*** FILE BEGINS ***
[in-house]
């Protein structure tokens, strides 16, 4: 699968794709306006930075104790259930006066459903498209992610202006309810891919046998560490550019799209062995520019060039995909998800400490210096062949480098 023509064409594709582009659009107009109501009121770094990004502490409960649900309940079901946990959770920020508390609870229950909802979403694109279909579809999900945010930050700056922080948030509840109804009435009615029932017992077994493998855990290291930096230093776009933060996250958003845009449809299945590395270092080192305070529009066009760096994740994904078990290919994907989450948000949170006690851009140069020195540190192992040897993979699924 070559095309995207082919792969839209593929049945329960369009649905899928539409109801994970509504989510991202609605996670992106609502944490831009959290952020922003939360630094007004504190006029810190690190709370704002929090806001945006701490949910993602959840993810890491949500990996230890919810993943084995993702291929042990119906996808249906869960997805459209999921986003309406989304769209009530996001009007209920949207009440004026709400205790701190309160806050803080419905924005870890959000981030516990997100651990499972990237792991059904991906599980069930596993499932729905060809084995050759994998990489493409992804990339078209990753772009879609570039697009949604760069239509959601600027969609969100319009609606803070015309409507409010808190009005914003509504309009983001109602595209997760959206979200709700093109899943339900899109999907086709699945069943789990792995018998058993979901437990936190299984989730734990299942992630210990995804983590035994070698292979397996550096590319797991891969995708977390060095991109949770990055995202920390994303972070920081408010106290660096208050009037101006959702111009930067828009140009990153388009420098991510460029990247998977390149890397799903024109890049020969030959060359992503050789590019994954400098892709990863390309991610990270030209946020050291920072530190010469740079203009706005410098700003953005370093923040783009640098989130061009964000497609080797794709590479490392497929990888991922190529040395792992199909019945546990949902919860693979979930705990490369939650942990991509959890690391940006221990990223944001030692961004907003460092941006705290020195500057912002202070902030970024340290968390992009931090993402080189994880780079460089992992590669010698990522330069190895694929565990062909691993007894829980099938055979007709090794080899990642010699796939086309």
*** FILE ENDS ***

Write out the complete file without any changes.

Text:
[in-house]
């Protein structure tokens, strides 16, 4: 699968794709306006930075104790259930006066459903498209992610202006309810891919046998560490550019799209062995520019060039995909998800400490210096062949480098 023509064409594709582009659009107009109501009121770094990004502490409960649900309940079901946990959770920020508390609870229950909802979403694109279909579809999900945010930050700056922080948030509840109804009435009615029932017992077994493998855990290291930096230093776009933060996250958003845009449809299945590395270092080192305070529009066009760096994740994904078990290919994907989450948000949170006690851009140069020195540190192992040897993979699924 070559095309995207082919792969839209593929049945329960369009649905899928539409109801994970509504989510991202609605996670992106609502944490831009959290952020922003939360630094007004504190006029810190690190709370704002929090806001945006701490949910993602959840993810890491949500990996230890919810993943084995993702291929042990119906996808249906869960997805459209999921986003309406989304769209009530996001009007209920949207009440004026709400205790701190309160806050803080419905924005870890959000981030516990997100651990499972990237792991059904991906599980069930596993499932729905060809084995050759994998990489493409992804990339078209990753772009879609570039697009949604760069239509959601600027969609969100319009609606803070015309409507409010808190009005914003509504309009983001109602595209997760959206979200709700093109899943339900899109999907086709699945069943789990792995018998058993979901437990936190299984989730734990299942992630210990995804983590035994070698292979397996550096590319797991891969995708977390060095991109949770990055995202920390994303972070920081408010106290660096208050009037101006959702111009930067828009140009990153388009420098991510460029990247998977390149890397799903024109890049020969030959060359992503050789590019994954400098892709990863390309991610990270030209946020050291920072530190010469740079203009706005410098700003953005370093923040783009640098989130061009964000497609080797794709590479490392497929990888991922190529040395792992199909019945546990949902919860693979979930705990490369939650942990991509959890690391940006221990990223944001030692961004907003460092941006705290020195500057912002202070902030970024340290968390992009931090993402080189994880780079460089992992590669010698990522330069190895694929565990062909691993007894829980099938055979007709090794080899990642010699796939086309």